RICHARDSON, Jonathan, Two Discourses. I. An Essay on the whole Art of Criticism as it relates to Painting. Shewing how to judge I. Of the Goodness of a Picture ; II. Of the Hand of the Master ; and III. Whether ‘tis an Original, or a Copy. II. An Argument in behalf of the Science of a Connoisseur ; Wherein is shewn the Dignity, Certainty, Pleasure, and Advantage of it. Both by Mr. Richardson, London, W. Churchill, 1719.1 quotations
If in a Picture the Story be well chosen, and finely Told (at least) if not Improv’d, if it fill the Mind with Noble, and Instructive Ideas, I will not scruple to say ‘tis an excellent Picture, tho’ the Drawing be as Incorrect as that of Corregio, Titian, or Rubens ; the Colouring as Disagreeable as that of Polidore, Battista Franco, or Michael Angelo. Nay, tho’ there is no other Good but that of the Colouring, and the Pencil, I will dare to pronouce it a Good Picture ; that is, that ‘tis Good in those Respects. In the first Instance here is a fine Story artfully communicated to my Imagination, not by Speech, nor Writing, but in a manner preferable to either of them ; In the other there is a Beautiful, and Delightful Object, and a fine piece of Workmanship, to say no more of it.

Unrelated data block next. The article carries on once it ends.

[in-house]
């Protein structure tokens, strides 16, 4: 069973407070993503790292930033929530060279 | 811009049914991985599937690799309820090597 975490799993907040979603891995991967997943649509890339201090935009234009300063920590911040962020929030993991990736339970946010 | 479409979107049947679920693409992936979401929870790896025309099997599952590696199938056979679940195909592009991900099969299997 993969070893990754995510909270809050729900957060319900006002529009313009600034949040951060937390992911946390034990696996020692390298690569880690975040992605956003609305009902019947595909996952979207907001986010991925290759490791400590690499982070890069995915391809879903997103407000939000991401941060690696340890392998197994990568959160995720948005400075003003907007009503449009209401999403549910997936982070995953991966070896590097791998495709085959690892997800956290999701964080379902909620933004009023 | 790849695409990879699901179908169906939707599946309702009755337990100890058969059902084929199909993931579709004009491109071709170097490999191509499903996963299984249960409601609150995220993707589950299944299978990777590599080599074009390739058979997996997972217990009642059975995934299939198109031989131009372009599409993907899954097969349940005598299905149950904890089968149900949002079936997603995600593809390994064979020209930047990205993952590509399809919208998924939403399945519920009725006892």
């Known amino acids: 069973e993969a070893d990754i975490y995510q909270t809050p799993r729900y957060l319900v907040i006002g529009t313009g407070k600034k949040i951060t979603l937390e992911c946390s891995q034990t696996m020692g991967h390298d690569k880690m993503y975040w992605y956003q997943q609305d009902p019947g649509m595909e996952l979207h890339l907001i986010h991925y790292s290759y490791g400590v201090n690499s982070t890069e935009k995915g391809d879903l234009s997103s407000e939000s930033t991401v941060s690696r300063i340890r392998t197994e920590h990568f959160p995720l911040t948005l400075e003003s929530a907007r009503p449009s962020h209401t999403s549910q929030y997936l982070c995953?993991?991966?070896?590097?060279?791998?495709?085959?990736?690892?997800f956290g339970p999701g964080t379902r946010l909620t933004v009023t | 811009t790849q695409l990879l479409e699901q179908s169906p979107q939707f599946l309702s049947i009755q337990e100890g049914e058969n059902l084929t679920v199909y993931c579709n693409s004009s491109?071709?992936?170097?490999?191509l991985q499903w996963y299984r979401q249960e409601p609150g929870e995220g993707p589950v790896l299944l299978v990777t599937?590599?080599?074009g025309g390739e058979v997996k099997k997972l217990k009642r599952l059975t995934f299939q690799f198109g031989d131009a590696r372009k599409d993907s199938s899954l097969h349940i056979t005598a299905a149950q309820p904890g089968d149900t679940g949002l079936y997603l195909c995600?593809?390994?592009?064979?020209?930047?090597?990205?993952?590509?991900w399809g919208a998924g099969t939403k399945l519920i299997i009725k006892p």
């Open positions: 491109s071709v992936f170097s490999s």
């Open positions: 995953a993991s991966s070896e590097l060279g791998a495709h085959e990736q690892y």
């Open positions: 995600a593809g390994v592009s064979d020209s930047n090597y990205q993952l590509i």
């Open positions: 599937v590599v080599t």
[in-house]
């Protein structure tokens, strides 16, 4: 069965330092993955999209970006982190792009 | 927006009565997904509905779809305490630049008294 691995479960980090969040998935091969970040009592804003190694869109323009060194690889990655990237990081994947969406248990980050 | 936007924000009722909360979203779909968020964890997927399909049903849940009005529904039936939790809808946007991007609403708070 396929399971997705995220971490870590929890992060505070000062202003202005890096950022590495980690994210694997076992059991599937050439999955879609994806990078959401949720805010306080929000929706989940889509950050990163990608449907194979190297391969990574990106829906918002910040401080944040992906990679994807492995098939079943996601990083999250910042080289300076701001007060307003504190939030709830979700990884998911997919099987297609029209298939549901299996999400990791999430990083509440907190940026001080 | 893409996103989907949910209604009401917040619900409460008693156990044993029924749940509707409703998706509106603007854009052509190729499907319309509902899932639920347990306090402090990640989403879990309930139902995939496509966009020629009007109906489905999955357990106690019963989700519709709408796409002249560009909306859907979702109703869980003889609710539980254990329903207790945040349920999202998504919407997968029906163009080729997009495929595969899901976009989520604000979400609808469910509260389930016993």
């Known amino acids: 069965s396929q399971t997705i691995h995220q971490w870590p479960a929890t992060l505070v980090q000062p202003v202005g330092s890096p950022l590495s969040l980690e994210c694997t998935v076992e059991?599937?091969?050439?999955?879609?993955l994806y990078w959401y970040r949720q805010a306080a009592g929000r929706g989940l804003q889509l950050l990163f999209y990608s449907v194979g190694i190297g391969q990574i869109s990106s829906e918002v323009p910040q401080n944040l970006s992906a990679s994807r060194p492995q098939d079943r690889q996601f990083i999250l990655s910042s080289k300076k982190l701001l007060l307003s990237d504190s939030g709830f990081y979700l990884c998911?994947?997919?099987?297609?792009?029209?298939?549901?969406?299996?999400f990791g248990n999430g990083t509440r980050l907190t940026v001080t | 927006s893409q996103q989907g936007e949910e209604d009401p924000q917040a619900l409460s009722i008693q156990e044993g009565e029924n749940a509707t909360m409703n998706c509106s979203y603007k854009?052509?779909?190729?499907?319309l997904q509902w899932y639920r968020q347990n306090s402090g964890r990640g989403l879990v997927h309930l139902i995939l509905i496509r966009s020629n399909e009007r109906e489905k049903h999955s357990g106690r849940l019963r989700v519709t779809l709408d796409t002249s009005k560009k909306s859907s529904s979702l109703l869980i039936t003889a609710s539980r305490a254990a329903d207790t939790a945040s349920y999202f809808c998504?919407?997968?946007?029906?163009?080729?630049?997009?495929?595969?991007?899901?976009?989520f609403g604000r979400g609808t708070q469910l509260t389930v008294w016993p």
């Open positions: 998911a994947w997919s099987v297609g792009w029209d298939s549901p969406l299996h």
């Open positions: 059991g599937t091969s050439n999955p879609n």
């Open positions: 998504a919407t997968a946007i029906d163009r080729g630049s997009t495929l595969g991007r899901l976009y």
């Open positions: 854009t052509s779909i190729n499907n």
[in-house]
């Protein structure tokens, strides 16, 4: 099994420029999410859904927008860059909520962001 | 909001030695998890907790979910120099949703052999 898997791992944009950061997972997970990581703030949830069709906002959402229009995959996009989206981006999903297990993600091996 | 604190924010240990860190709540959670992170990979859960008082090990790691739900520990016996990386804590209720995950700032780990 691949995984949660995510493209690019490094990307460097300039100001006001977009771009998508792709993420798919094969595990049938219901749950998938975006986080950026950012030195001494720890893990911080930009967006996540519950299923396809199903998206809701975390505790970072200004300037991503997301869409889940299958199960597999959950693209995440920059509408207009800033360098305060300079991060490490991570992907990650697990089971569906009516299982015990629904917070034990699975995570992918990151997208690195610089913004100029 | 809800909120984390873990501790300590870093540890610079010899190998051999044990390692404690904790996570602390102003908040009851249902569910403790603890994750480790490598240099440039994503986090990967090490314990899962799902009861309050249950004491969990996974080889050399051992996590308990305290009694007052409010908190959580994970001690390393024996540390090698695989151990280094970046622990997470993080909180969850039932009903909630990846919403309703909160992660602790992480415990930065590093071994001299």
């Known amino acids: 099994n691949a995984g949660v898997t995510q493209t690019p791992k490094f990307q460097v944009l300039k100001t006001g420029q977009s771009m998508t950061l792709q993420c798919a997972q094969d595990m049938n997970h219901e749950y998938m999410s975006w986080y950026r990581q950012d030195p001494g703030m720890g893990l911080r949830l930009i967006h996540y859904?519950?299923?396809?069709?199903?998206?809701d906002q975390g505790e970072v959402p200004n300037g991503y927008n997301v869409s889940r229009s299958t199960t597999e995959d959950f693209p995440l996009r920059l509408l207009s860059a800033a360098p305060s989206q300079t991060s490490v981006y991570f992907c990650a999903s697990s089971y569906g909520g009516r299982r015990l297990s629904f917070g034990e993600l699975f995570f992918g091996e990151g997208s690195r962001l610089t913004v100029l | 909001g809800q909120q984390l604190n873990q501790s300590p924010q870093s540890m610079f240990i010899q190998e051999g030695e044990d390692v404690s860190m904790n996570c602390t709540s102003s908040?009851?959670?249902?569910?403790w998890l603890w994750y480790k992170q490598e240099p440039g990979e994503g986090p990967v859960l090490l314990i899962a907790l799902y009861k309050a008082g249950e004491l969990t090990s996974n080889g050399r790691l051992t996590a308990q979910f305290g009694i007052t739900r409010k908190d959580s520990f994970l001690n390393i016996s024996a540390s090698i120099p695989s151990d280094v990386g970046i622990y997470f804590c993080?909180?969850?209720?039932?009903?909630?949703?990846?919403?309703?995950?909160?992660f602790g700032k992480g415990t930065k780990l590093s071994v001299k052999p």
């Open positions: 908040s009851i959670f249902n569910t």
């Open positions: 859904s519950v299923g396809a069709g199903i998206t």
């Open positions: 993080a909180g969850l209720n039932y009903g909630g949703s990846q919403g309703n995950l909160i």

There never was a Picture in the World without some Faults, And very rarely is there one to be found which is not notoriously Defective in some of the Parts of Painting. In judging of it’s Goodness as a Connoisseur, one should pronounce it such in proportion to the Number of the Good Qualities it has, and their Degrees of Goodness.